Syria After Assad: Managing the Challenges of Transition

Over the past year, a group of opposition activists collaborated to develop recommendations and strategies for managing the challenges of a post-Assad transition. They spoke at USIP on October 4, 2012 for the first presentation in the United States of the document they produced: “The Day After: Supporting a Democratic Transition in Syria.

The Syrian revolution has taken a terrible toll. Tens of thousands of Syrians have been killed and hundreds of thousands wounded. Millions have been forced from their homes. Urban centers have been destroyed, villages bombed, and communities subjected to horrific brutality at the hands of regime forces and Assad’s loyalist militias. The fabric of Syrian society is fraying under the pressure of escalating sectarian tensions. The militarization of the revolution and the proliferation of armed opposition units pose long term challenges for rule of law and security. Damage to infrastructure and to the Syrian economy will require tens of billions of dollars to repair.

How much longer the Assad regime will survive is uncertain. When it falls, a new government will face daunting challenges. How will the Syrian opposition respond? Will a new government be able to address the urgent needs of Syrians for humanitarian relief, economic and social reconstruction, and provide basic rule of law and security? Even today, in liberated areas of Syria where a post-Assad transition is already underway, the opposition must demonstrate its capacity to address these challenges.

Over the past year, a group of opposition activists collaborated to develop recommendations and strategies for managing the challenges of a post-Assad transition. They spoke at USIP on October 4, 2012 for the first presentation in the United States of the document they produced: “The Day After: Supporting a Democratic Transition in Syria.”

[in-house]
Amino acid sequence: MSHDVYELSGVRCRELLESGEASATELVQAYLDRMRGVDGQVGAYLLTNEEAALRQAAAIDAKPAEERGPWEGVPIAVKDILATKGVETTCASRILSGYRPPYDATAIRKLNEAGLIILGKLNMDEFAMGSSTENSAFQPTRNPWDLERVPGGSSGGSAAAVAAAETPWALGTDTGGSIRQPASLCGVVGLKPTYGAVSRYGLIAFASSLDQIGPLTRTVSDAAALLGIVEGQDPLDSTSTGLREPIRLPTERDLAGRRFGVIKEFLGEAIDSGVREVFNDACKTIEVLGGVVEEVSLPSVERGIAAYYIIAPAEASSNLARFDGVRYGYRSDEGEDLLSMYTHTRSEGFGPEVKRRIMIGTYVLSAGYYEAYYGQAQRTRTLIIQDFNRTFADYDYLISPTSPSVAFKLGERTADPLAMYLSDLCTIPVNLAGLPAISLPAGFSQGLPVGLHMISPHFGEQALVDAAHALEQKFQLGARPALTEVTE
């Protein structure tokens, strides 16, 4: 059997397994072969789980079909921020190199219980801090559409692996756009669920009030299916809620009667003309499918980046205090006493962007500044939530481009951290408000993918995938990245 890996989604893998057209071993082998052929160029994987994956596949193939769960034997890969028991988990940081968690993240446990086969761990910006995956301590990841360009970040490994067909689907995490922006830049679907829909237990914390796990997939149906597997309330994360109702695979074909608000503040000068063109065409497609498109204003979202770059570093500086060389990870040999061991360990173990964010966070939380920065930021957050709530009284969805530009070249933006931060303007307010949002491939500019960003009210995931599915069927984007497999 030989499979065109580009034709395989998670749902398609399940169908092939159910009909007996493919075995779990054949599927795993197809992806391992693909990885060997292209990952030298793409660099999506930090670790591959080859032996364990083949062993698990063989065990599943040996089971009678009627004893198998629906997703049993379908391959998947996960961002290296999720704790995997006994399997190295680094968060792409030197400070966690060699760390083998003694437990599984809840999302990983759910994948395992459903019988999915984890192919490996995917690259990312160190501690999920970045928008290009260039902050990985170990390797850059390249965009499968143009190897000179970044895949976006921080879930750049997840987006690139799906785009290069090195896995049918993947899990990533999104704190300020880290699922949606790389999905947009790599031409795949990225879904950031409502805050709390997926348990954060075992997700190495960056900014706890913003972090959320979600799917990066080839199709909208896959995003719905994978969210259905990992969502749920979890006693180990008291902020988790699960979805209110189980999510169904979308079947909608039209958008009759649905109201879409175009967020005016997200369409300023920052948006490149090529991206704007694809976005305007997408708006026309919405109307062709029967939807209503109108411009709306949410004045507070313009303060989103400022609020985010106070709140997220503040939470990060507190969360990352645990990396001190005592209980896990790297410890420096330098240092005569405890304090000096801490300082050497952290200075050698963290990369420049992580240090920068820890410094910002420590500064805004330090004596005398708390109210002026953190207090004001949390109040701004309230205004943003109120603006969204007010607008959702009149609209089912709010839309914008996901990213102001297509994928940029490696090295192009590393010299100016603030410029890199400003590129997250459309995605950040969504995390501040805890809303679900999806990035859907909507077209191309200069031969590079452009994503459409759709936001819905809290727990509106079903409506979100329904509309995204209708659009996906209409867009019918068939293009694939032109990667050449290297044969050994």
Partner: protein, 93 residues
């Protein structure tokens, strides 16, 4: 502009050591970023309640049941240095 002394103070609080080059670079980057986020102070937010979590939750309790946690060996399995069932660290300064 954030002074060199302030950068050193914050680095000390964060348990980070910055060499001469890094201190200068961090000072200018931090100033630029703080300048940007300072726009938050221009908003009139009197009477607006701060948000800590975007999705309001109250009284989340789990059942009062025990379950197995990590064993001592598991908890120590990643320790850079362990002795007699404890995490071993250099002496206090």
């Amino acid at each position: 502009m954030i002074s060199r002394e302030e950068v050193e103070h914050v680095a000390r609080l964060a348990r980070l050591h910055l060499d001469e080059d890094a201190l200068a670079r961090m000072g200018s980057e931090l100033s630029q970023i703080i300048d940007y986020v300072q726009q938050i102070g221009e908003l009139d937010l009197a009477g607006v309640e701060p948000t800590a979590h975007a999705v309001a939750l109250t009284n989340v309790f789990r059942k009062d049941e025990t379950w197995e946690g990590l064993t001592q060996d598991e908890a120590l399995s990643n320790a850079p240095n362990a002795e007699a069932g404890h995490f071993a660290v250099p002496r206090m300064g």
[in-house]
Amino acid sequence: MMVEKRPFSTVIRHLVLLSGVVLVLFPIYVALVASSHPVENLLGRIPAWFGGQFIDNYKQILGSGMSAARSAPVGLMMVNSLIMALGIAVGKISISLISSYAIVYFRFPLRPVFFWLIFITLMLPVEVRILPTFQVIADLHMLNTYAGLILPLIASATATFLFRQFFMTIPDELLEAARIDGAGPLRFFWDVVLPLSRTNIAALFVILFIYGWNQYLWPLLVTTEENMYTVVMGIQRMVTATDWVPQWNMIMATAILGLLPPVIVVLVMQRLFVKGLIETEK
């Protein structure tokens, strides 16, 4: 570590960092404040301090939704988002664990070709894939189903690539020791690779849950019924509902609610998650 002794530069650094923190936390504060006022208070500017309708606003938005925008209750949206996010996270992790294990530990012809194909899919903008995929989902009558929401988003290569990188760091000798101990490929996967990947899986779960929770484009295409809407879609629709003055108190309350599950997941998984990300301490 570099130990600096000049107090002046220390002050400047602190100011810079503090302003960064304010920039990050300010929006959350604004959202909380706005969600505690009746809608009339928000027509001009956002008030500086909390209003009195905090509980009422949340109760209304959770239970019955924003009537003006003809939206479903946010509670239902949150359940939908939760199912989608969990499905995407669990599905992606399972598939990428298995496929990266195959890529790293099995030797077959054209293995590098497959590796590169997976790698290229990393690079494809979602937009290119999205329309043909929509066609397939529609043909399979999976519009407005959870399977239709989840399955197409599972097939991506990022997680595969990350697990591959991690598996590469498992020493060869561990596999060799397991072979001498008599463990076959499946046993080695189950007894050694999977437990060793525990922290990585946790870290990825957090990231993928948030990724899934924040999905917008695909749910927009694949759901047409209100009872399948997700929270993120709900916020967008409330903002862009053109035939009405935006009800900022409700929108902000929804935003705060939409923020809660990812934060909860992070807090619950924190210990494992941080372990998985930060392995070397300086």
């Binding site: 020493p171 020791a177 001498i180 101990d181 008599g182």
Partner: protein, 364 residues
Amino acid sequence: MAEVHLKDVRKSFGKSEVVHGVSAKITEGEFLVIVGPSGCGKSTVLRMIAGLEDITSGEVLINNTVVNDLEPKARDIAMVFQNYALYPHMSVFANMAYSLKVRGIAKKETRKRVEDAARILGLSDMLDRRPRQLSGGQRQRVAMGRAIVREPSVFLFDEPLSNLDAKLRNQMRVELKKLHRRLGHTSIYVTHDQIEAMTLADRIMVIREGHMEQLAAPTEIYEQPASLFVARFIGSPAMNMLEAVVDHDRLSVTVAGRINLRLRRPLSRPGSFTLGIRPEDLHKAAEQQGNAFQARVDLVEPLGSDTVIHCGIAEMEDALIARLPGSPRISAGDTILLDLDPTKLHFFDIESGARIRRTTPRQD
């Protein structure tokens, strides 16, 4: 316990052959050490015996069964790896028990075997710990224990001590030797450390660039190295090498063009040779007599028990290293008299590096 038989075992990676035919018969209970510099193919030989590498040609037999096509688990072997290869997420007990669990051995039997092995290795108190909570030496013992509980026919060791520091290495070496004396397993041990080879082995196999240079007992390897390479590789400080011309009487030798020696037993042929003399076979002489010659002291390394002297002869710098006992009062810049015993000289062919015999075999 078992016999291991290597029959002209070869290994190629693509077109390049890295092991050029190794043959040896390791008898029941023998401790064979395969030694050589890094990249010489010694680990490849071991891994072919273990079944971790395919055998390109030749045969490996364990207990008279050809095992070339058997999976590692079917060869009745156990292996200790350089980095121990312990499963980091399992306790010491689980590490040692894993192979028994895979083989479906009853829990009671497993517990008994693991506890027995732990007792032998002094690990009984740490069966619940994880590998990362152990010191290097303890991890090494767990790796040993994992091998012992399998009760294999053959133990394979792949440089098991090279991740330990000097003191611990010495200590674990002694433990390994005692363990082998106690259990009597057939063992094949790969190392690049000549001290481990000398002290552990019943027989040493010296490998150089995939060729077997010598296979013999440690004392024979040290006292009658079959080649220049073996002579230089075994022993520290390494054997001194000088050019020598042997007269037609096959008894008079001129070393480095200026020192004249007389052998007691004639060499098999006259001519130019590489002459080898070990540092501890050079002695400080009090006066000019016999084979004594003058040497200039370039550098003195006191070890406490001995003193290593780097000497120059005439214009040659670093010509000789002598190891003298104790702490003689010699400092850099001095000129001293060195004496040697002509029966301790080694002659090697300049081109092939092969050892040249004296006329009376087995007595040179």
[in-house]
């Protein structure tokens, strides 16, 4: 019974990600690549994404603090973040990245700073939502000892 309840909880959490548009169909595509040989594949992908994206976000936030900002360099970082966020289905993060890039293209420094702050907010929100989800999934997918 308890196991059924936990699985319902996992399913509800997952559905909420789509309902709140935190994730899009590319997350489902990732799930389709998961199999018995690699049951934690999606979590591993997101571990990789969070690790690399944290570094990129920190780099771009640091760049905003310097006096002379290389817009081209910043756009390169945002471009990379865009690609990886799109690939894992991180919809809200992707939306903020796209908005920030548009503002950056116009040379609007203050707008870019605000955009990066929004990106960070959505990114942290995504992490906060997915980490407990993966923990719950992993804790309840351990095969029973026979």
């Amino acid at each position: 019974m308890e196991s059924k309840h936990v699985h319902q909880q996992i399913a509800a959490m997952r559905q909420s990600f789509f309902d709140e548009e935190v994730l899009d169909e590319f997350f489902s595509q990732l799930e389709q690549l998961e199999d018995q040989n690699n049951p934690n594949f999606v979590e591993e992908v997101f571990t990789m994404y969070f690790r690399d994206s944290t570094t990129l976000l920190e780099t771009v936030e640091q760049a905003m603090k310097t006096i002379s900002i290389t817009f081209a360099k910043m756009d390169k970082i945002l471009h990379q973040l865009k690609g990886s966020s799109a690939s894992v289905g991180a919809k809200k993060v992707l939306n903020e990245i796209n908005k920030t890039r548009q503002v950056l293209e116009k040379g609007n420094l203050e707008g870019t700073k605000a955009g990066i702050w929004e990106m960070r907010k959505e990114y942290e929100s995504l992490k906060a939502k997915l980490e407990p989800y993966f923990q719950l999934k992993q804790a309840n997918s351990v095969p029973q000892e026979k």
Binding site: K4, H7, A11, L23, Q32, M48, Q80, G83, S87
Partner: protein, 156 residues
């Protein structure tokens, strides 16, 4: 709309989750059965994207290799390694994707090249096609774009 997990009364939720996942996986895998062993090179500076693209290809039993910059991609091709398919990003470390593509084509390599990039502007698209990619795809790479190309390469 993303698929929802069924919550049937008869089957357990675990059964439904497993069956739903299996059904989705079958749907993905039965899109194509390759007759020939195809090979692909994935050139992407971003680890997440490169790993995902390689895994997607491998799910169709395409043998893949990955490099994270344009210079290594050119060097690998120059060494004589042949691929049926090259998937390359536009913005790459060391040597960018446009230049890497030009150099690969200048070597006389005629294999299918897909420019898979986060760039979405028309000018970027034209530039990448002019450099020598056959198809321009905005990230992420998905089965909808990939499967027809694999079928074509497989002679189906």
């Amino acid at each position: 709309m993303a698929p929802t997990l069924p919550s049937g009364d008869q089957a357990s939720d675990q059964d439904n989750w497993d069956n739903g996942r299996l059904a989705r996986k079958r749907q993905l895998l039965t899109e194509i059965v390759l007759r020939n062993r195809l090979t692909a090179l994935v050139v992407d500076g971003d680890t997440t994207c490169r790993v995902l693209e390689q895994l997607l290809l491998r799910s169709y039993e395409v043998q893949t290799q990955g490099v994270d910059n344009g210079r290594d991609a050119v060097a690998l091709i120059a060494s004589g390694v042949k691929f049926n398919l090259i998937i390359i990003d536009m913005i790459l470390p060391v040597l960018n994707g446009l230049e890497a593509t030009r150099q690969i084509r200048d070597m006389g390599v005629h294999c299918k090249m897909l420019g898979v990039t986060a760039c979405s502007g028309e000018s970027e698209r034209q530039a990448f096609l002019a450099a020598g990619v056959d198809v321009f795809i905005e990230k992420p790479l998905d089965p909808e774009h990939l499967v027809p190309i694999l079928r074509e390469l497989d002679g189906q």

Speakers

  • Steven Heydemann, introductory remarks
    Senior Adviser for Middle East Initiatives
    U.S. Institute of Peace.
  • Jim Marshall, opening remarks
    President
    U.S. Institute of Peace
  • Amr al-Azm, panelist
    Associate Professor of History at Shawnee State University in Ohio. Member of the executive committee for the NCC (National Change Current); member of the Executive Committee of The Day After project and its Economic and Social Reconstruction working group.
  • Afra Jalabi, panelist
    Anthropologist, political scientist and  writer based in Montreal, Canada. Member of the Damascus Declaration and the Syrian National Council, member of the Executive Committee of The Day After project and its Transitional Justice working group.
  • Murhaf Jouejati, panelist
    Professor of Middle Eastern Studies, Political Science and International Affairs at the National Defense University in Washington DC. Member of the Syrian National Council, member of the Executive Committee of The Day After project and its Security Sector Reform working group.
  • Rafif Jouejati, panelist
    English-language spokesperson for the Local Coordination Committees in Syria, the National Consensus Movement, and Activists for a Free Syria; member of the Executive Committee of The Day After project and its working group on Economic and Social Reconstruction.
  • Rami Nakhla, panelist
    Program Specialist at the U.S. Institute of Peace (USIP), coordinating The Day After project on the Institute’s behalf; director of the Syrian Transition Support Network and member of the Executive Committee of The Day After project

Moderator

  • Steven Heydemann

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